For months, you’ve waited for the arrival of your baby. Every night, you imagine how it would be like to hold him/her in your arms. You expect the days after delivering your baby to be full of joy. Instead, you’re anxious, ambivalent and breaking down in tears.

If you feel this way, know that you’re not alone. In fact, 20% of women experience postpartum depression.

Here are some tips for battling postpartum depression.

Meet new moms

Baby blues and postpartum depression is common after childbirth. Getting out and meeting new moms who are in the same situation as you can help you battle postpartum depression. Sharing worries with others can be of great help. Studies suggest that talking about your feelings can help improve your mood.

Get moving

Considering how tired you are, exercise may be the last thing you want to do right now. But if you’re feeling down and blue, physical activities can be beneficial.

Exercise has an anti-depressant effect. It will help boost your mood and make you feel better. Try to go out and walk with your baby.

Get some rest

There is no denying that taking care of a baby can be exhausting. Between feeding the baby, putting him/her to sleep, diaper changing and bathing – a mother is expected to fulfil all these duties. When you’re dealing with a newborn, a full 8 hours of sleep may seem like an unattainable luxury.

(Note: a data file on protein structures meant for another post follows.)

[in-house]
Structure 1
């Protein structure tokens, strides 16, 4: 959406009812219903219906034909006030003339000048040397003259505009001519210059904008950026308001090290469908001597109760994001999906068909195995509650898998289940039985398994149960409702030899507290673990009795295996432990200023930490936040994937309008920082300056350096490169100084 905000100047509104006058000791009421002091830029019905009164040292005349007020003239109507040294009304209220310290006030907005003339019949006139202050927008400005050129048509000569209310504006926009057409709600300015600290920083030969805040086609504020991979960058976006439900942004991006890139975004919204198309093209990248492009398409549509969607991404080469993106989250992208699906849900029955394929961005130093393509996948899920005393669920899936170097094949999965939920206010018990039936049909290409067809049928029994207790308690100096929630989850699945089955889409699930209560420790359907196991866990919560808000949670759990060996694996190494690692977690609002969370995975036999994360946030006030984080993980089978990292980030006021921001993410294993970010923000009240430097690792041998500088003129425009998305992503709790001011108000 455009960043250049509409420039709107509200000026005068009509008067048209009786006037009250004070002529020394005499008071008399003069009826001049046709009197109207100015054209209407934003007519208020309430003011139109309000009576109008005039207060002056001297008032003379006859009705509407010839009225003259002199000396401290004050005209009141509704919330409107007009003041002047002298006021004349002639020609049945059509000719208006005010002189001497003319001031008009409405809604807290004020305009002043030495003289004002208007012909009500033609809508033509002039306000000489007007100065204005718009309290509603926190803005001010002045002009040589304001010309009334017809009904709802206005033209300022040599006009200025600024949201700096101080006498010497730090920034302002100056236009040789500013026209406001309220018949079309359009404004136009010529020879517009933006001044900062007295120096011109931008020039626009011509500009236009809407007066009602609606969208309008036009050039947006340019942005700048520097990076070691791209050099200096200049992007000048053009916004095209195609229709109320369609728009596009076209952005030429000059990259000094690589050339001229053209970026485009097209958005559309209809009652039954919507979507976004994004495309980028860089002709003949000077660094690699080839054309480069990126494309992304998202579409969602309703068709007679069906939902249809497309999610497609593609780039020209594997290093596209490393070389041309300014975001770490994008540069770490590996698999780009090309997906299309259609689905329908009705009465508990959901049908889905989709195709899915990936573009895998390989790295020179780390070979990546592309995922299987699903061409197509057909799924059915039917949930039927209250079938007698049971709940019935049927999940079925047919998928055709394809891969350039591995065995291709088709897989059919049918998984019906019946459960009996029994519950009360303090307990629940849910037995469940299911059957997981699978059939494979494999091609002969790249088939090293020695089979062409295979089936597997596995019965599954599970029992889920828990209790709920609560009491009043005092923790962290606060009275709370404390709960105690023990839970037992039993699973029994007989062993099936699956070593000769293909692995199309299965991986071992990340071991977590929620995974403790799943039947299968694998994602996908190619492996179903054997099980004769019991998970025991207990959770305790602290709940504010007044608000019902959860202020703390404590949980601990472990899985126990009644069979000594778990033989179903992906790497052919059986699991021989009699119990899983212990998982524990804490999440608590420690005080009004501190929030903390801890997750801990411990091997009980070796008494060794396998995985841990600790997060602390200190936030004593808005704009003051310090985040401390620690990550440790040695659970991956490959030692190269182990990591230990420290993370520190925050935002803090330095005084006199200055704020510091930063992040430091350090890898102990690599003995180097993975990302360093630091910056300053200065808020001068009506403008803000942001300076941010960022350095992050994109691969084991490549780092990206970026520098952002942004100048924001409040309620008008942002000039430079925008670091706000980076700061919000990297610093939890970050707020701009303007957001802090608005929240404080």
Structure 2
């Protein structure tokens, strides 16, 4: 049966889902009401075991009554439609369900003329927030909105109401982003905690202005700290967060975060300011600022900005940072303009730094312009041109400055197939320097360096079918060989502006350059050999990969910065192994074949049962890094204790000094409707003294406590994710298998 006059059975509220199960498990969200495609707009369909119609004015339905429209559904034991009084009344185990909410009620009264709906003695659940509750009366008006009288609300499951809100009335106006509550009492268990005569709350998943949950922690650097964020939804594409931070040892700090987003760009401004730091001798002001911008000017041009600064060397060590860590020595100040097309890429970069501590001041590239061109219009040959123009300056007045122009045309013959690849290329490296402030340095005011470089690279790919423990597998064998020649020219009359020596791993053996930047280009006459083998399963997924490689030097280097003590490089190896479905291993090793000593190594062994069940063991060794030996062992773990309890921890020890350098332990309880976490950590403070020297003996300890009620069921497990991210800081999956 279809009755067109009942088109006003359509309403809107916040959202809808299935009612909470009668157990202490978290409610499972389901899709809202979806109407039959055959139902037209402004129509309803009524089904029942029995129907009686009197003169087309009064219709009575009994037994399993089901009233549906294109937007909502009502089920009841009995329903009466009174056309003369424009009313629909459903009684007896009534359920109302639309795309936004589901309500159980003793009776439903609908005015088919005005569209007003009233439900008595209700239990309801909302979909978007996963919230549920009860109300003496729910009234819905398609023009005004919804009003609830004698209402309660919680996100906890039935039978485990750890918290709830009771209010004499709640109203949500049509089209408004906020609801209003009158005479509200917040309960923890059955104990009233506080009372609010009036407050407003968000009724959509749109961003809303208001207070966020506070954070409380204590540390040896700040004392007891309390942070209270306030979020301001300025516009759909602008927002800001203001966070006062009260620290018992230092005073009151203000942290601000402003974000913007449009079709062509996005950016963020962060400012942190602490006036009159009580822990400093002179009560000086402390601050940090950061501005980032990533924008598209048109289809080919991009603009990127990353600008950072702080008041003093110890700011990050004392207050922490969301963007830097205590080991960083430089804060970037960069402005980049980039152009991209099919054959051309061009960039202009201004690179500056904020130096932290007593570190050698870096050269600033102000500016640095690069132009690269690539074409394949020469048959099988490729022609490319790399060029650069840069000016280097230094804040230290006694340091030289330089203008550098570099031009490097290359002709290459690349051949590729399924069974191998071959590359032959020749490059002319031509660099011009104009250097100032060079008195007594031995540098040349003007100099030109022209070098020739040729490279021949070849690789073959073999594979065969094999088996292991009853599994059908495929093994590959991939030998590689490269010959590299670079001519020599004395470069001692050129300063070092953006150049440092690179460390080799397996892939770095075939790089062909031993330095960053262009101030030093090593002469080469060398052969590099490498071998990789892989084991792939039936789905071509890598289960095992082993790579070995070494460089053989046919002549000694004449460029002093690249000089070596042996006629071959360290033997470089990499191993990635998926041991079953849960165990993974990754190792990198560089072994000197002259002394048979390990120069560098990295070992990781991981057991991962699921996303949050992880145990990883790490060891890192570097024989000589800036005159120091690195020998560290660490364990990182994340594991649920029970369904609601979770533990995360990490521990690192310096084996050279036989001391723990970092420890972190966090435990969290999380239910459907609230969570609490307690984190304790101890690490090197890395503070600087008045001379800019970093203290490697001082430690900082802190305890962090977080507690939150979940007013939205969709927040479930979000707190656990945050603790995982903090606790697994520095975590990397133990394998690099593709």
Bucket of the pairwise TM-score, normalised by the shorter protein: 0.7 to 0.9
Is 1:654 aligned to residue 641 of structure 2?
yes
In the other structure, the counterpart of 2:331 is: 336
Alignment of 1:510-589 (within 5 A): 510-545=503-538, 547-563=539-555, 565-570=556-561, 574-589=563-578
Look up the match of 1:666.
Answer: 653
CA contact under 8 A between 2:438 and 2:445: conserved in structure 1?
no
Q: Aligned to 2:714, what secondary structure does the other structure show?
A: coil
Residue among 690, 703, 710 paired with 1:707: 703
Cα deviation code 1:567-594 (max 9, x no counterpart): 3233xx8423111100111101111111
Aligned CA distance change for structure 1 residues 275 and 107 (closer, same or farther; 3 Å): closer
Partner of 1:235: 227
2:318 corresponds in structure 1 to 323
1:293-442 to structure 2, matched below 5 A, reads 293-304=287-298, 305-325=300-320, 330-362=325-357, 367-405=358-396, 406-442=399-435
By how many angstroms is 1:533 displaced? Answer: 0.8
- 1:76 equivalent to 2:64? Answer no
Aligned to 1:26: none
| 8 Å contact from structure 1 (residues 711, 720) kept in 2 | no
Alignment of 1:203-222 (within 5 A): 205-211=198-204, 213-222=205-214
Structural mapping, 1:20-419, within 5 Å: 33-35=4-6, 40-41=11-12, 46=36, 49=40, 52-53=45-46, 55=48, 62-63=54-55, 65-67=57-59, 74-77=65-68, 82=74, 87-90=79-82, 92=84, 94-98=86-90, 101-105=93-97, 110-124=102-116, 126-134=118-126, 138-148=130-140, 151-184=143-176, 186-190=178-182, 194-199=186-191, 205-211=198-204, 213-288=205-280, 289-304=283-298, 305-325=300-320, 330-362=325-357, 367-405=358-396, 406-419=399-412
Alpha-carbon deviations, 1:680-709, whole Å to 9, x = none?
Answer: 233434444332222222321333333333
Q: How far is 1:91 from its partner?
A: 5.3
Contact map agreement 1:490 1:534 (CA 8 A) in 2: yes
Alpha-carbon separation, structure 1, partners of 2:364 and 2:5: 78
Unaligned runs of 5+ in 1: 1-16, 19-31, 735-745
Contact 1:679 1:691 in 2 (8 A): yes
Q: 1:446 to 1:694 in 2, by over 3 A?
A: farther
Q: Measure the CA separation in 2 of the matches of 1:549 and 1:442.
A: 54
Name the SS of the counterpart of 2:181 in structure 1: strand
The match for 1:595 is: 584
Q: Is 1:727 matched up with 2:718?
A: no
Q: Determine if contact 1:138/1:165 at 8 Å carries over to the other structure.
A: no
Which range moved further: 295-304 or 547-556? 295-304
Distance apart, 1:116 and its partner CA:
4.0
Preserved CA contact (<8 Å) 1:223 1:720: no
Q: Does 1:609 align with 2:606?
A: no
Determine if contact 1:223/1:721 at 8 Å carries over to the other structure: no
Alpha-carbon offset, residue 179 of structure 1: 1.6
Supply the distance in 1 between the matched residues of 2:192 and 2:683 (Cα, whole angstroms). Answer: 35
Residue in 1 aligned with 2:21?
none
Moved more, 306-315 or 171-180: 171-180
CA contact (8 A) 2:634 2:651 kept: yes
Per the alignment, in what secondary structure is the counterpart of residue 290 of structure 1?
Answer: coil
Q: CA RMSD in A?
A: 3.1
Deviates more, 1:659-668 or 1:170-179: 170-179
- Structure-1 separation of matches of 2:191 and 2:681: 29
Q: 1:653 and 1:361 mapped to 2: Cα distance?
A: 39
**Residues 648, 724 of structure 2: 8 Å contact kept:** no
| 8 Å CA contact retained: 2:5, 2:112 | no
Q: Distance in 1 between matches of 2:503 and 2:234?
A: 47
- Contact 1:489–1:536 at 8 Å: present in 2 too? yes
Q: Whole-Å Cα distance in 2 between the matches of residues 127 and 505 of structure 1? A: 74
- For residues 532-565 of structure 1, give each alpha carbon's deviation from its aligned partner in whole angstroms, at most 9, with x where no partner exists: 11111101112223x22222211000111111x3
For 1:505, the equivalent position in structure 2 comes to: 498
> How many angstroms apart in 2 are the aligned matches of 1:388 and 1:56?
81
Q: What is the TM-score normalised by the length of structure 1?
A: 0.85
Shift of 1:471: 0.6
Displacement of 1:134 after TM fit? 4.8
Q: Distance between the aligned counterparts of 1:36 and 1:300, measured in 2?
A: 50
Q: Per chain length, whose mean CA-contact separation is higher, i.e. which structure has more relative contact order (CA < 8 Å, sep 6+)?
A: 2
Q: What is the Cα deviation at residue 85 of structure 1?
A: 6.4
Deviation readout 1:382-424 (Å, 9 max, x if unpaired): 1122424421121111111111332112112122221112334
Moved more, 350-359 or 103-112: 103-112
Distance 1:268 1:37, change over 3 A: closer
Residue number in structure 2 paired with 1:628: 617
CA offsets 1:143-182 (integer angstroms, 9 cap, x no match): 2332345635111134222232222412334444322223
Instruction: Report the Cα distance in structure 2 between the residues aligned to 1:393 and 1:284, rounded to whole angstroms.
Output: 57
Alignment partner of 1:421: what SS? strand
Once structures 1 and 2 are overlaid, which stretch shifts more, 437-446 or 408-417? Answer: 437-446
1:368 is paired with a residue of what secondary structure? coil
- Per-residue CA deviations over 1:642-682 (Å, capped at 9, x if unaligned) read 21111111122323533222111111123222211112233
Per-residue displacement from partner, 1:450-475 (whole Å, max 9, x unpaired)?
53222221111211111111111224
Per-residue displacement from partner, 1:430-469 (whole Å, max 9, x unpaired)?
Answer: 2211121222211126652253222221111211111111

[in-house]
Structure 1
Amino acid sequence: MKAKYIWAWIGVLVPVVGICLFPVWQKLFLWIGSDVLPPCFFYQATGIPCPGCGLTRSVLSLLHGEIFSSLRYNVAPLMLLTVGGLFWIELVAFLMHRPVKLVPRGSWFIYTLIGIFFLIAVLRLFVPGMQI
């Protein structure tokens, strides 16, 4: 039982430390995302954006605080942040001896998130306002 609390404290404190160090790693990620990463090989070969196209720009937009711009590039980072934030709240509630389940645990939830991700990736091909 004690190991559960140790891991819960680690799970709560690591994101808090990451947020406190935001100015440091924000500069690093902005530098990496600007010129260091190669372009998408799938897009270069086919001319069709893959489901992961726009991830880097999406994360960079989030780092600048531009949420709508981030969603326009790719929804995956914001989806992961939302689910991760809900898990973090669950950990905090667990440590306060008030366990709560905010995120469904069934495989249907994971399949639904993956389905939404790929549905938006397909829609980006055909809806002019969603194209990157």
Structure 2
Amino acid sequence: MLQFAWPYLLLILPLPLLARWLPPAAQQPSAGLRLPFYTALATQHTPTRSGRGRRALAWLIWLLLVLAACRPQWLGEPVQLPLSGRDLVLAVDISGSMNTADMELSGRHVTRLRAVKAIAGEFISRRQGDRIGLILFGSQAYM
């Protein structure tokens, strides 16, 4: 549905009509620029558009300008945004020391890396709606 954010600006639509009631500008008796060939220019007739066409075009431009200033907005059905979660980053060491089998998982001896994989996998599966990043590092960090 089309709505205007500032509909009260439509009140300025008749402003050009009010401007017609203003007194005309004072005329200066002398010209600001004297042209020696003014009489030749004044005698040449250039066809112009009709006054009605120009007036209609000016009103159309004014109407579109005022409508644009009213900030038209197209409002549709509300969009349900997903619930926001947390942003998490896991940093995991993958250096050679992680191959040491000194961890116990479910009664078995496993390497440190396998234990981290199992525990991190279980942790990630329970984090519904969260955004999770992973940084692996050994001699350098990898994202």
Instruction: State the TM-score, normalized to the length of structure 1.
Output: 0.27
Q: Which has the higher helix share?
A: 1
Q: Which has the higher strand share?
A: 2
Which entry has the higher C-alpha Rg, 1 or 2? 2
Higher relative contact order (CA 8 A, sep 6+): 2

If possible, get your partner or a family member to watch over the baby so you can take a rest. If not, I suggest that you take a nap while the baby is asleep. A 10 to 20-minute power nap is enough to restore your energy and improve productivity.

Make time for yourself

Life with a new baby can be stressful. It puts an enormous strain on your body. It can also be very demanding psychologically. In order to be a great mom, you also need to take care of yourself. Yes, your baby needs you, but in order to fulfil this role, you need to be healthy physically, mentally and emotionally.

Carve out time each day to be alone. You can go for a walk, prepare yourself a good meal, read a book, take a long shower or just take a nap.

Get professional help

If you feel that you can’t cope, then get professional help. Take your feelings seriously and talk to a professional. Denying those feelings won’t make them go away.